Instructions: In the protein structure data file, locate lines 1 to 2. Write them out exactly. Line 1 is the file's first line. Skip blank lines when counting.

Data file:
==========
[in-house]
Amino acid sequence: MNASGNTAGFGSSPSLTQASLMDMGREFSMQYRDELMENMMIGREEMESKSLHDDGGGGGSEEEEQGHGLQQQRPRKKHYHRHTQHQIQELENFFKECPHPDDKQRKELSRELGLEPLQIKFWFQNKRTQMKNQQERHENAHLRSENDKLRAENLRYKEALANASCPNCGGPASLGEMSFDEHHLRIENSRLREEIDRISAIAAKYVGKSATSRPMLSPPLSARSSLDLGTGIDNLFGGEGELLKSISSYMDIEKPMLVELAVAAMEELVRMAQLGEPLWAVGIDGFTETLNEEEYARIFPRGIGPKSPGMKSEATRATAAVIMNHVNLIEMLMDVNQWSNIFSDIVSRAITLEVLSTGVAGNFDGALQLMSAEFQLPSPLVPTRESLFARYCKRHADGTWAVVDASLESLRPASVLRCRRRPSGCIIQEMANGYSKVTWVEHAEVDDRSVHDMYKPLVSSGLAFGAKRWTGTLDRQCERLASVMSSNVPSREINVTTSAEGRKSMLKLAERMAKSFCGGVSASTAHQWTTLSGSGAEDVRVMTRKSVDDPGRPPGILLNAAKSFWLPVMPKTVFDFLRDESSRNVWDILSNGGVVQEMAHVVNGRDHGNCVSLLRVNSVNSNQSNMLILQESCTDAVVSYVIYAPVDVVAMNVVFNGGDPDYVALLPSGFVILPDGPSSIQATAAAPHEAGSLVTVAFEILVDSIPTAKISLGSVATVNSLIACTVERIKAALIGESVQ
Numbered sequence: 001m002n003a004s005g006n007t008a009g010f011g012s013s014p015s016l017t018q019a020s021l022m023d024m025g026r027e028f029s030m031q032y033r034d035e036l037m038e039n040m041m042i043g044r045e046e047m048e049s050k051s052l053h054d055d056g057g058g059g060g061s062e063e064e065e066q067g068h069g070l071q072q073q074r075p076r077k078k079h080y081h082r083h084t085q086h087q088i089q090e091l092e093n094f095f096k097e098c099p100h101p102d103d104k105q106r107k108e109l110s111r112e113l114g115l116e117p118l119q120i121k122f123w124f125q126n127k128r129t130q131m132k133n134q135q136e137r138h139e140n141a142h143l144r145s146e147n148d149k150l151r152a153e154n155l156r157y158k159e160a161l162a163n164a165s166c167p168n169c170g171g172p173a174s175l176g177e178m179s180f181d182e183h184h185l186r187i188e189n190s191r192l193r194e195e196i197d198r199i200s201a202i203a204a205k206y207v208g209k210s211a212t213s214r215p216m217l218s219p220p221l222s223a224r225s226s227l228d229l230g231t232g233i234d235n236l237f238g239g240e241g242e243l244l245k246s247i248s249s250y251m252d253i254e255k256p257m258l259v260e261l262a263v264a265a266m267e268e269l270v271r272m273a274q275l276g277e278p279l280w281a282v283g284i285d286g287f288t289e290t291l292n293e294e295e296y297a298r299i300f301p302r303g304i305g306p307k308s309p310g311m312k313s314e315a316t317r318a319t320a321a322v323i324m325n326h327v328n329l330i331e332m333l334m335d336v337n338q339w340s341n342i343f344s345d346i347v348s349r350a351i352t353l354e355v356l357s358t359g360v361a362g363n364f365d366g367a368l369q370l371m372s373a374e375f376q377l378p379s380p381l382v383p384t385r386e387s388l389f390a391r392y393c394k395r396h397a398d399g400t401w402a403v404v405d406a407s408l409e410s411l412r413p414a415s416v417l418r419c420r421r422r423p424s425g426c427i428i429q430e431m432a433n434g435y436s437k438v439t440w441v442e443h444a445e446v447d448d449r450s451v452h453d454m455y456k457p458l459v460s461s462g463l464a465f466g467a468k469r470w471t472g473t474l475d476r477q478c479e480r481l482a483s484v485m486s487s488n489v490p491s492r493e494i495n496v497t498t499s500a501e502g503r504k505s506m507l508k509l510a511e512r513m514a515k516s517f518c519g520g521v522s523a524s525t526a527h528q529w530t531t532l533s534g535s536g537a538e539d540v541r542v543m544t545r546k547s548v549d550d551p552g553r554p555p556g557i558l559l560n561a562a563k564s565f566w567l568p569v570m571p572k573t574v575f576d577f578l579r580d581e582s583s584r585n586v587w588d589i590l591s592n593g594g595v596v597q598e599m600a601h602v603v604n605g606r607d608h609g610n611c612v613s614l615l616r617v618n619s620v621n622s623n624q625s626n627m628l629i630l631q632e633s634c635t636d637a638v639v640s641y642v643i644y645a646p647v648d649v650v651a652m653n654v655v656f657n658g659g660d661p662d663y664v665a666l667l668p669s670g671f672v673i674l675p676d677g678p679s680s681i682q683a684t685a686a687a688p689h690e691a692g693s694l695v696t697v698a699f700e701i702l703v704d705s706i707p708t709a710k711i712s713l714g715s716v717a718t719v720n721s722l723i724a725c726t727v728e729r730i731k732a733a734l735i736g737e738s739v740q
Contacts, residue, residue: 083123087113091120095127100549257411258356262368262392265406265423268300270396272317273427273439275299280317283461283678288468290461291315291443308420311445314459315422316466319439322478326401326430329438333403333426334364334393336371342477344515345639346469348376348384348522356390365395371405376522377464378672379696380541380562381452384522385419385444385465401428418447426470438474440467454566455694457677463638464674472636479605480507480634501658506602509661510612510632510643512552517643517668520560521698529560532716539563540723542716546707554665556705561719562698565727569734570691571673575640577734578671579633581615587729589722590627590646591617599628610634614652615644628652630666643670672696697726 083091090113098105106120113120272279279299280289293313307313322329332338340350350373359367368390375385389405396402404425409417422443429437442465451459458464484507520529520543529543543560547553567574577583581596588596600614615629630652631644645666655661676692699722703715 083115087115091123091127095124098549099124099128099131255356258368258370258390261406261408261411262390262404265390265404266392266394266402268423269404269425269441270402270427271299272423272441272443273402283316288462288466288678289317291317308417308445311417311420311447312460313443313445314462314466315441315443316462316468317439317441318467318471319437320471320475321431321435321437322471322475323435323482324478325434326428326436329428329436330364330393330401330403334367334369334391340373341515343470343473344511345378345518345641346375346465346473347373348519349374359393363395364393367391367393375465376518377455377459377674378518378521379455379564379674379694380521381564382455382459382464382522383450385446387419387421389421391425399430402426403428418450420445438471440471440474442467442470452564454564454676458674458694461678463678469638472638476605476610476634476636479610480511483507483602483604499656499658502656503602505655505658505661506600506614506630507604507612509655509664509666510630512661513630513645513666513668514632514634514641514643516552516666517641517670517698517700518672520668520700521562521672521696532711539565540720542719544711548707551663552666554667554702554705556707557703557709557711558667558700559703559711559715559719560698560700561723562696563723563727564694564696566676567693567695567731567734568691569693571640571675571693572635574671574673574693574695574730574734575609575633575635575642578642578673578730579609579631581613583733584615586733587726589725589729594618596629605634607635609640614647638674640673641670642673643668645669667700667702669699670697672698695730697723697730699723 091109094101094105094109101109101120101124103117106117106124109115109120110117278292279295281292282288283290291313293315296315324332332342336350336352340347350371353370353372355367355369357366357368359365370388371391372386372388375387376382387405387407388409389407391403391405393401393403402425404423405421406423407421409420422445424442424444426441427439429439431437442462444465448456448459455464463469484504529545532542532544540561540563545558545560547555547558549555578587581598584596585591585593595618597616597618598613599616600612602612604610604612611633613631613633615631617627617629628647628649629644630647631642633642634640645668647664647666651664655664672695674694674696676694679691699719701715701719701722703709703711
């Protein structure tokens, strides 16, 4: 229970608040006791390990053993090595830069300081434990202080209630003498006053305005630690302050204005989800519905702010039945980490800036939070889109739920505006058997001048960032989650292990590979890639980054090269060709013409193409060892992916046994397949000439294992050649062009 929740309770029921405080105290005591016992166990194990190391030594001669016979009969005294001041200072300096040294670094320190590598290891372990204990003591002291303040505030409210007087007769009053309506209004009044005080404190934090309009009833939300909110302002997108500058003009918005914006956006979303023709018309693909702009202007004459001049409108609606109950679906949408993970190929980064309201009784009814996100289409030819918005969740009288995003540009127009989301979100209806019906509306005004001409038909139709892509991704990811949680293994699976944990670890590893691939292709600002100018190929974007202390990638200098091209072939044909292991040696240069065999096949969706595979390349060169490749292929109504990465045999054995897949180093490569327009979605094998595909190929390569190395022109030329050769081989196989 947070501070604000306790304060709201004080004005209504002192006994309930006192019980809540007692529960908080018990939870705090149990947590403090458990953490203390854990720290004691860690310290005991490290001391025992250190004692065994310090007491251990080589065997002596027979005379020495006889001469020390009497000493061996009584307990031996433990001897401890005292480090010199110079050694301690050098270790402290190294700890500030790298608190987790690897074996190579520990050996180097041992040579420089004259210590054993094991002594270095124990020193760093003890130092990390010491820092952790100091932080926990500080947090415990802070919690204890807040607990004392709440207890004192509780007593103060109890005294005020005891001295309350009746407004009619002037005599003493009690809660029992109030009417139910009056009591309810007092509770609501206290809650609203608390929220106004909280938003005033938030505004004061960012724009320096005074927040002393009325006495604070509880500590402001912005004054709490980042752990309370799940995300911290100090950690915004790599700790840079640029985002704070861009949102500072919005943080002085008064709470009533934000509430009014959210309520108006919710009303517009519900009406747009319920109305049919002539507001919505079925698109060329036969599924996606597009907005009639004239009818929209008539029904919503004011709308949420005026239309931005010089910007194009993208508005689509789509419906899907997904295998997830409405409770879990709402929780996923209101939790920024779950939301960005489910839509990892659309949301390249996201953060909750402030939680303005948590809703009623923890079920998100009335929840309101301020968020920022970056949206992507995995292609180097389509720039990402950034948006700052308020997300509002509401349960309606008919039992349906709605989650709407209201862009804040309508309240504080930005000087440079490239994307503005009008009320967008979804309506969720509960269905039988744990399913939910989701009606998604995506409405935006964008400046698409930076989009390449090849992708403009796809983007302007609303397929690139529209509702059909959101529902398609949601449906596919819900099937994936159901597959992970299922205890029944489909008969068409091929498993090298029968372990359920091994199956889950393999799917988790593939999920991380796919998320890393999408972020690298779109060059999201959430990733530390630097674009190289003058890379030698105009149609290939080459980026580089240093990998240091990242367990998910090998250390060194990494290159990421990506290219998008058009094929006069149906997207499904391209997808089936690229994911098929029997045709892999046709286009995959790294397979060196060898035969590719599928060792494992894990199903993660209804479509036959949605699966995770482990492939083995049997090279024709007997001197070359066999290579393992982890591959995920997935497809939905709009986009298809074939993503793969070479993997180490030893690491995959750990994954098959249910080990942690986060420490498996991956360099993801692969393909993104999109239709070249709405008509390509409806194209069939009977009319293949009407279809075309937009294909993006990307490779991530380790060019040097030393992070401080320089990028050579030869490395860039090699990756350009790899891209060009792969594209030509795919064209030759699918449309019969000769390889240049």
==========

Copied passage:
[in-house]
Amino acid sequence: MNASGNTAGFGSSPSLTQASLMDMGREFSMQYRDELMENMMIGREEMESKSLHDDGGGGGSEEEEQGHGLQQQRPRKKHYHRHTQHQIQELENFFKECPHPDDKQRKELSRELGLEPLQIKFWFQNKRTQMKNQQERHENAHLRSENDKLRAENLRYKEALANASCPNCGGPASLGEMSFDEHHLRIENSRLREEIDRISAIAAKYVGKSATSRPMLSPPLSARSSLDLGTGIDNLFGGEGELLKSISSYMDIEKPMLVELAVAAMEELVRMAQLGEPLWAVGIDGFTETLNEEEYARIFPRGIGPKSPGMKSEATRATAAVIMNHVNLIEMLMDVNQWSNIFSDIVSRAITLEVLSTGVAGNFDGALQLMSAEFQLPSPLVPTRESLFARYCKRHADGTWAVVDASLESLRPASVLRCRRRPSGCIIQEMANGYSKVTWVEHAEVDDRSVHDMYKPLVSSGLAFGAKRWTGTLDRQCERLASVMSSNVPSREINVTTSAEGRKSMLKLAERMAKSFCGGVSASTAHQWTTLSGSGAEDVRVMTRKSVDDPGRPPGILLNAAKSFWLPVMPKTVFDFLRDESSRNVWDILSNGGVVQEMAHVVNGRDHGNCVSLLRVNSVNSNQSNMLILQESCTDAVVSYVIYAPVDVVAMNVVFNGGDPDYVALLPSGFVILPDGPSSIQATAAAPHEAGSLVTVAFEILVDSIPTAKISLGSVATVNSLIACTVERIKAALIGESVQ